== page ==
Wow, I'm super exited about this, got a few lights working into the game, this is only a simple effect. Meaning, no shadows or anything like that. The most surprising thing to me was that I could get it working without shaders(other than the default one, of course).
Here is how it works(thanks to Kedu at http://stackoverflow.com/questions/21278229/libgdx..., who actually figured out the solution), you get a sprite for your light. Then you draw a black translucent quad covering the whole scene. You should get a darkened version of your scene. How I did it:
game.batch.setColor(0, 0, 0, 0.7f);
game.batch.draw(black, 0, 0, 800, 600); // Draws a black texture over the whole screen
game.batch.setColor(1, 1, 1, 1);
So far so good, after you darkened your scene, it's a matter of using your sprite to light the appropriate parts of it. How? The blendFunctions from OpenGL. Before you draw your lights, you should do:
The first parameter means you'll be multiplying the source color by the destination color. As the source color is white, the resulting color will be the destination color, a little darkened around the center(see the light texture). And the second argument means the destination color will be multiplied by the alpha of the src color(that is, 1) so it will get a little brighter.
You draw your texture wherever you want, and reset the blendFunc to the default one:
This will only get the blending back to normal. Screen shots:
Note: You can change the color of the light by just changing the color of the spritebatch before drawing it.
I have just learned all of this, so I may have missed or misunderstood something, if so, please correct me. I think this method is quite good as it doesn't require coding a shader that will implement basic functionality that opengl has anyways. Have a nice one!
So sad, I hardcoded all of my hud, it was going so well. And then I realized there was a unproject() method in OrthographicCamera. I could've used it instead of hardcoding the hud position relative to the camera... rewritting :(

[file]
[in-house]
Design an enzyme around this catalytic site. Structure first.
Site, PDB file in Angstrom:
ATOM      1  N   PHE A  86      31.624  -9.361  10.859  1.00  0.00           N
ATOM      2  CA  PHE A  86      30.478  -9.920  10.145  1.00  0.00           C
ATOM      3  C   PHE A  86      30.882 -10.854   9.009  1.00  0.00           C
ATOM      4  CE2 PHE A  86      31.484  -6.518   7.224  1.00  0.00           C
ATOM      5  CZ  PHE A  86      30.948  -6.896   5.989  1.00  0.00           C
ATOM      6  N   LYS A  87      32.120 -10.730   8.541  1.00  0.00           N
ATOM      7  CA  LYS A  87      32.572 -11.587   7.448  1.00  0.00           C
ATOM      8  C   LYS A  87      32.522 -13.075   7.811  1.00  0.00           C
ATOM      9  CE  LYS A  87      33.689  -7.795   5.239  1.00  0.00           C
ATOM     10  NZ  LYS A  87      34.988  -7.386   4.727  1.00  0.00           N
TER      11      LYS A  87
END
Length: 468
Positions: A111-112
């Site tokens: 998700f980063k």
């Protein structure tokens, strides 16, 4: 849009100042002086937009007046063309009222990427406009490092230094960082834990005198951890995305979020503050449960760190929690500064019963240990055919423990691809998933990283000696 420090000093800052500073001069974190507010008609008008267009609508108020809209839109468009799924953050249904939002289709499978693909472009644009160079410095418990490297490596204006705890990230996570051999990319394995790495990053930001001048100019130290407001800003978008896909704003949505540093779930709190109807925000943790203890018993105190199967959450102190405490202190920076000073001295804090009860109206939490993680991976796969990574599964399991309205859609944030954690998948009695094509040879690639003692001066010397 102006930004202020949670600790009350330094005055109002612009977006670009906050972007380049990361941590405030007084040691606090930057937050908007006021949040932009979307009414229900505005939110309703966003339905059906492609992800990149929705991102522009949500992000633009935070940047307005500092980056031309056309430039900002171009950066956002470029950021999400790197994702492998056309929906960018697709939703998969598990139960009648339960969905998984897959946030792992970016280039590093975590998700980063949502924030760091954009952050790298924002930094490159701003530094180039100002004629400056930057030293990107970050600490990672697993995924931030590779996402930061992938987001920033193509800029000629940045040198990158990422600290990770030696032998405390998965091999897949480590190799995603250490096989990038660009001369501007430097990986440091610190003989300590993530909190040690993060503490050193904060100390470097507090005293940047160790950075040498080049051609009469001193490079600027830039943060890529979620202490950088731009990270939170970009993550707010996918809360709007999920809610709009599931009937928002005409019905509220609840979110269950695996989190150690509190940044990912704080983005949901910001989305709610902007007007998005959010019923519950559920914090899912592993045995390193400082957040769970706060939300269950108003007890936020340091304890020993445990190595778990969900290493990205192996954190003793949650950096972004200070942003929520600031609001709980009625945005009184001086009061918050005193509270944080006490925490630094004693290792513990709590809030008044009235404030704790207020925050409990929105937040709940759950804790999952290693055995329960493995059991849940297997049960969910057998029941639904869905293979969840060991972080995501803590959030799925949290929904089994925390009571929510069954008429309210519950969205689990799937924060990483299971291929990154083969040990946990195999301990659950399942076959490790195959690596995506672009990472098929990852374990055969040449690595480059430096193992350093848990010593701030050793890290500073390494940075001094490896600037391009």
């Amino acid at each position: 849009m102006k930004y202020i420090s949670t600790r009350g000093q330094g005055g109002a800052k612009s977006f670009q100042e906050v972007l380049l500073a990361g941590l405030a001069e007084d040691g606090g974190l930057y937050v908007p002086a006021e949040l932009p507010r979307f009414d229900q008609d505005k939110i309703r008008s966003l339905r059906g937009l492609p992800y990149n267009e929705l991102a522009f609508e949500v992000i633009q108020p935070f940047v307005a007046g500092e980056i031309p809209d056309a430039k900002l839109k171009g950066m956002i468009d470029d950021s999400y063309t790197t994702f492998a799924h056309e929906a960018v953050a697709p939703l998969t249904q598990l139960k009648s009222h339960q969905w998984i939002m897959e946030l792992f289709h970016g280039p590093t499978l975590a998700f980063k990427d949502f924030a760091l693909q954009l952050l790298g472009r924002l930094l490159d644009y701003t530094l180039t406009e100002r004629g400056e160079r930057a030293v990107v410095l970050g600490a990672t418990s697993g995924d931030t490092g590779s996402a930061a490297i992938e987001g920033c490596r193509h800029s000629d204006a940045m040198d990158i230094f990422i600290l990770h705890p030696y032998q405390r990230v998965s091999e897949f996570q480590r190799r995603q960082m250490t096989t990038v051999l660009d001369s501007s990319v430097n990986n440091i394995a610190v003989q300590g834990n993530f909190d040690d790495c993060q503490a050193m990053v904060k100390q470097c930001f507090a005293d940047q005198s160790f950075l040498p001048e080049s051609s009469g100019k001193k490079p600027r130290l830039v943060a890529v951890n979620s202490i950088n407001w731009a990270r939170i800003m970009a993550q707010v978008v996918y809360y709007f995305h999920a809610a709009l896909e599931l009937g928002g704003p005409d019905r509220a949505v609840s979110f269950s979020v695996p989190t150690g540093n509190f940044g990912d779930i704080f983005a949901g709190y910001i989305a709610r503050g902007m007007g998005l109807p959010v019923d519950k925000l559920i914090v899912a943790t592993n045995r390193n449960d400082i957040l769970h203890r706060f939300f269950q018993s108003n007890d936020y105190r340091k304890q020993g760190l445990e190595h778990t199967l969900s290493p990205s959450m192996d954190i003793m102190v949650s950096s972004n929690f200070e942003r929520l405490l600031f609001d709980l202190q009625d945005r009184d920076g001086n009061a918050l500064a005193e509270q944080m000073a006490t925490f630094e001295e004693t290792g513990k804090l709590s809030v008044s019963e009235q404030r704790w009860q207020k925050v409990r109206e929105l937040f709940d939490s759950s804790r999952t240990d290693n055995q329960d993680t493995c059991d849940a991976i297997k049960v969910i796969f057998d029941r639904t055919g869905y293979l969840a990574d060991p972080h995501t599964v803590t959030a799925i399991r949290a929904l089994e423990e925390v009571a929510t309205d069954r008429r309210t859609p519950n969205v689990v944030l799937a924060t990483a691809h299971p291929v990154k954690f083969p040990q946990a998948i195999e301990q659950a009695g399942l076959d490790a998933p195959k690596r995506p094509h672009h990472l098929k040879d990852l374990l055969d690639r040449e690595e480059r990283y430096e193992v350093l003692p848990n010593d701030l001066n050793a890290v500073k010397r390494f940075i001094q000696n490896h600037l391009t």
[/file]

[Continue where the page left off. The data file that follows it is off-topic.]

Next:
Right now, the game is lacking a lot of content and the gameplay just doesn't feel right. It's kind of poor, I really look forward to the end of the jam, so I can steal... err, read, others games' source code.
Well, finally. I made a simple inventory system, you can find items on bags(which monsters will drop when killed), grab them and use them. Really amazed I got this working, now it's just a matter of polishing it up. Screens:
Yep, the boots increases the speed , and the aim is a accuracy power up. I'm obviously not a graphics designer, just look at the bag :p
I'm still working on the enemy, now the enemy has a sense of "visibilty". Meaning, it won't chase you from the other corner of the map, he must be able to see you first. He can also shoot now, and all units have a certain knockback when they're hit. Bad news are, these changes are not visible and the game looks exactly the same, so, no screenshot for now. I know I said this a few times already, but now I'll start working on the items and power-ups
So far so good, got a basic enemy to chase the player and position himself at a prudent distance and then play a shooting animation, no real bullets so far, but collisions, animations and some ultra-basic AI working. Gotta get the basics out of the way quickly and begin working on the RPG-ish content fast!
Yeah, I know, no map so far, it's just more entertaining to work on the enemies and player first.
Imagine you're on a spaceship returning from a mission on a foreign planet, suddenly, the propulsor begins to fail. Occasionally, you have no propulsor whatsoever, that would let you in a very vulnerable position in case of an alien attack wouldn't it?(which of course, is going to happen). The [unpropulsed]ship starts to orbit around the earth, you don't have a lot of time until the ship breaks into earth's atmosphere, in which case, aliens will reach earth. You cannot let that happen to your planet, so your mission now is to get to the power generator in the ship, and blow it up. Yes, yes, you'll die, but at least aliens on the ship won't get to earth ;)
Yep, that's basically my game